Survivors of the crash in a remote part of northeast China late Tuesday described terrifying jolts before the Henan Airlines domestic flight slammed into the ground, leaving a long trail of crumpled metal burning in the dark.

The black box flight data recorders were recovered near Lindu airport in the northeast city of Yichun where the Henan ERJ-190, which was carrying 91 passengers and five crew, crashed.

The Beijing Youth Daily reported that a bigger airline, China Southern, suspended all night flights in and out of Lindu airport in September 2009 -- just days after the facility opened for business -- because of safety concerns.

An official from the Civil Aviation Authority of China (CAAC) said the black boxes would be sent to Beijing for analysis, but added it was "hard to say" when the results would be available.

Officials were hoping to glean information from the recorders and from the plane's captain, who survived the crash but has so far been unable to speak owing to severe facial injuries, Xinhua reported.

The city's Communist party chief Xu Zhaojun said the captain had communicated with air traffic controllers shortly before the crash, saying he could "see lights on the runway and was ready for landing," Xinhua reported.

All Henan Airlines flights have been suspended while safety reviews are carried out, Xinhua said, adding that it was not known when services would resume.

Lindu airport -- located in a forested area about nine kilometres (five miles) outside Yichun -- was closed on Wednesday, Xinhua said.

"The plane really started to jolt in a scary way -- the plane jolted five or six times very strongly," one male survivor told China Central Television from his hospital bed, describing scenes of panic as passengers tried to escape.

A second male survivor interviewed by CCTV -- his head bandaged and his nose bloodied -- also said he felt a "big jolt" as the plane was coming in to land and heard "big crashes -- bam bam bam".

Rescuers on Wednesday transferred the victims' bodies wrapped in silver bags to funeral homes for identification, Xinhua said.

Five children injured in the crash were in a critical condition, Xinhua reported.

Vice Premier Zhang Dejiang visited the survivors in local hospitals, many of whom reportedly suffered broken bones, and "demanded a quick investigation" into the cause of the crash, Xinhua said.

State television said a preliminary probe had ruled out any intentional wrongdoing, as well as any mid-air explosions or fires.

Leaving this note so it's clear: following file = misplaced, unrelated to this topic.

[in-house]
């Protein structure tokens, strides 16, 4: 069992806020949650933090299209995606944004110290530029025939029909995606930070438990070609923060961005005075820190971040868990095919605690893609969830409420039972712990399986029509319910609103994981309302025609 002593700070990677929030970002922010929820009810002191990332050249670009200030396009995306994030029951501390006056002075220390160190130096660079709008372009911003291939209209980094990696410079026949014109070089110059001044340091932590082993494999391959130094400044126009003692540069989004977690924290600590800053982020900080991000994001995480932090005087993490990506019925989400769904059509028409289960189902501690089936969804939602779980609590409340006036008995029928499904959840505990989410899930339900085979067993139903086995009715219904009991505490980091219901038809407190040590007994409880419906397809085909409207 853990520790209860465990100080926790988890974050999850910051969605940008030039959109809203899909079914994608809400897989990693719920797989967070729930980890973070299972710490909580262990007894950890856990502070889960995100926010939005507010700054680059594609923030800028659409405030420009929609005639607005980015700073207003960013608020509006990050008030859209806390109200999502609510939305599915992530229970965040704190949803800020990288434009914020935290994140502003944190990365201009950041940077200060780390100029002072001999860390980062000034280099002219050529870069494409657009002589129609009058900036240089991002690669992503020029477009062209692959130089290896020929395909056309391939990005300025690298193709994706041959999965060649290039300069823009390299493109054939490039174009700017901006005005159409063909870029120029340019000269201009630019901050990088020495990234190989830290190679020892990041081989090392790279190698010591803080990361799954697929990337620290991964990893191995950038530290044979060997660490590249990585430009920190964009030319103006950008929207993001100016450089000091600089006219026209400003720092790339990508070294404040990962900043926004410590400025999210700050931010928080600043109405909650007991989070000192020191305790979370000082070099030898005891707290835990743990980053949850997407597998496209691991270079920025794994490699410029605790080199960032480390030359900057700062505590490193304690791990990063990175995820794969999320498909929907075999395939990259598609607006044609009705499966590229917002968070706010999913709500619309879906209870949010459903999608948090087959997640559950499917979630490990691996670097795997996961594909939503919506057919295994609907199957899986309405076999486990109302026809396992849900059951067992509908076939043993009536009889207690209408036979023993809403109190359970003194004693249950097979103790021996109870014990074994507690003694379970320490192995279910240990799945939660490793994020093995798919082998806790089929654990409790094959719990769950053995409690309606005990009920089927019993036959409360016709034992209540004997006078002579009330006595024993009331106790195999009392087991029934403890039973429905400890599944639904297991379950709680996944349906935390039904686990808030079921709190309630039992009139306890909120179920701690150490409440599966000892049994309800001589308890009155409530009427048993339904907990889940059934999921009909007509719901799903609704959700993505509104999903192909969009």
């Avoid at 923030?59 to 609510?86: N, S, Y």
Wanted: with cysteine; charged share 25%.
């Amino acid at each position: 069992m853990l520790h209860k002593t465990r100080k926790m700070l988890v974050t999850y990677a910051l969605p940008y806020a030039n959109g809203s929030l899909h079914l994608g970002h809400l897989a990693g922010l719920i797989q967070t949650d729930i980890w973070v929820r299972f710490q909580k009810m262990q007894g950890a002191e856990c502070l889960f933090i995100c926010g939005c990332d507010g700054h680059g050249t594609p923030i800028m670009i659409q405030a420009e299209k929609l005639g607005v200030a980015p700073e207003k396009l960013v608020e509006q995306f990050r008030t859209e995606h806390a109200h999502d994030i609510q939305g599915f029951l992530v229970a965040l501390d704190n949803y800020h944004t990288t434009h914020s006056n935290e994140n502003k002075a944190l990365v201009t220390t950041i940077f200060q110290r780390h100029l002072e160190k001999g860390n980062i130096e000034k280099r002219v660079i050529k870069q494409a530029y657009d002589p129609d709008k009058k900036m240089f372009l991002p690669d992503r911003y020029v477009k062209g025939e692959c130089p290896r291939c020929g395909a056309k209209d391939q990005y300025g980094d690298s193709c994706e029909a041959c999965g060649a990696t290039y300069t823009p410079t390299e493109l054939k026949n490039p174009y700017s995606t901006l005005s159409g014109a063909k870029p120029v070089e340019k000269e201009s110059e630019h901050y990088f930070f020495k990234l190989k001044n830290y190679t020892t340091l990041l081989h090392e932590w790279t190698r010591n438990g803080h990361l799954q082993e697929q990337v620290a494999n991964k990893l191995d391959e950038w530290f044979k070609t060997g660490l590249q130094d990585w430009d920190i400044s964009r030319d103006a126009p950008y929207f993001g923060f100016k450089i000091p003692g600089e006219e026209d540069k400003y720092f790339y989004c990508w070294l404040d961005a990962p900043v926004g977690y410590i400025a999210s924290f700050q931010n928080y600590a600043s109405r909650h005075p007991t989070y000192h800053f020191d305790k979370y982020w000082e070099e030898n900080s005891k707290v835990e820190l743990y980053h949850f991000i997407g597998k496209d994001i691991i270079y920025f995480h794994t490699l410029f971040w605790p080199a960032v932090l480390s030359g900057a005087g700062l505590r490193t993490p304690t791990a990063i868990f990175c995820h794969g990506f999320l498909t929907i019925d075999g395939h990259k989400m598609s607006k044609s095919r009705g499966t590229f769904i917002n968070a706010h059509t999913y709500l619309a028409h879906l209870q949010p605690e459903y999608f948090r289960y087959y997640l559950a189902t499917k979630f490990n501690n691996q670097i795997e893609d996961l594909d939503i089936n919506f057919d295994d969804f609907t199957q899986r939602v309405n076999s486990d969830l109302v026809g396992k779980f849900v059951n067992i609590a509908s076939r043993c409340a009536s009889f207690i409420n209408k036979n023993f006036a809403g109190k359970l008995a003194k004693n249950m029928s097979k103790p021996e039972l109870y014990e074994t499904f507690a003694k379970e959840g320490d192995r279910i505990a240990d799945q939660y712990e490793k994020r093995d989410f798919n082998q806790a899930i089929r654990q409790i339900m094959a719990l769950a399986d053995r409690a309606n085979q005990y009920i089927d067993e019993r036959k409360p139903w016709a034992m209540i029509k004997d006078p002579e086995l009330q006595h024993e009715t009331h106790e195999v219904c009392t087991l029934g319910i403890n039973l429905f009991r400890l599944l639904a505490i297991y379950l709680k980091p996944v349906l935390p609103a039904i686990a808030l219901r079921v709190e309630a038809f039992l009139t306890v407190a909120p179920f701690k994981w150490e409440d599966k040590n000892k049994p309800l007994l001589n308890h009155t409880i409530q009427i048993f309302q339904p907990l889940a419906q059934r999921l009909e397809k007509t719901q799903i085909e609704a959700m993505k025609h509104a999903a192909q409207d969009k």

Provincial police said visibility was less than 300 metres (330 yards) at the time of the crash due to heavy fog.

Xinhua said Chinese carriers using ERJ-190s had previously reported technical problems, and that the CAAC called a workshop in June 2009 to discuss the issues.

Notes from the meeting -- which involved Kunpeng Airlines, as Henan Airlines was previously known -- showed that broken turbine plates and flight control system errors were among the problems, Xinhua said.

Embraer offered its condolences to the victims' families and said it had sent a team of technicians to help with the investigation.

The crash occurred just after 9:30 pm (1330 GMT) on Tuesday, around 40 minutes after the plane took off from Harbin, the capital of the northeastern province of Heilongjiang.

Henan Airlines, which mainly operates in north and northeast China, had only launched the Harbin-Yichun route two weeks ago, Xinhua said.

The airline's general manager Li Qiang was sacked on Wednesday, Xinhua said, citing CAAC sources.

Among those on board the crashed jet were 18 officials from China's Ministry of Human Resources including vice-minister Sun Baoshu, who was in serious condition.

A passenger from Taiwan suffered minor injuries with burns to his back but was recovering, officials from the island said.

It was China's first major air disaster since a China Eastern Airlines jet crashed in Inner Mongolia in November 2004, killing 53 people on board and two on the ground.

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42 dead in China plane crash
Beijing (AFP) Aug 25, 2010
A Chinese airliner crashed and burst into flames while attempting to land in northeast China, killing 42 people on board, state media reported on Wednesday. The Henan Airlines plane broke into two pieces late Tuesday before it smashed into the ground while trying to touch down at an airport in the city of Yichun in remote Heilongjiang province, the official Xinhua news agency said. There ... read more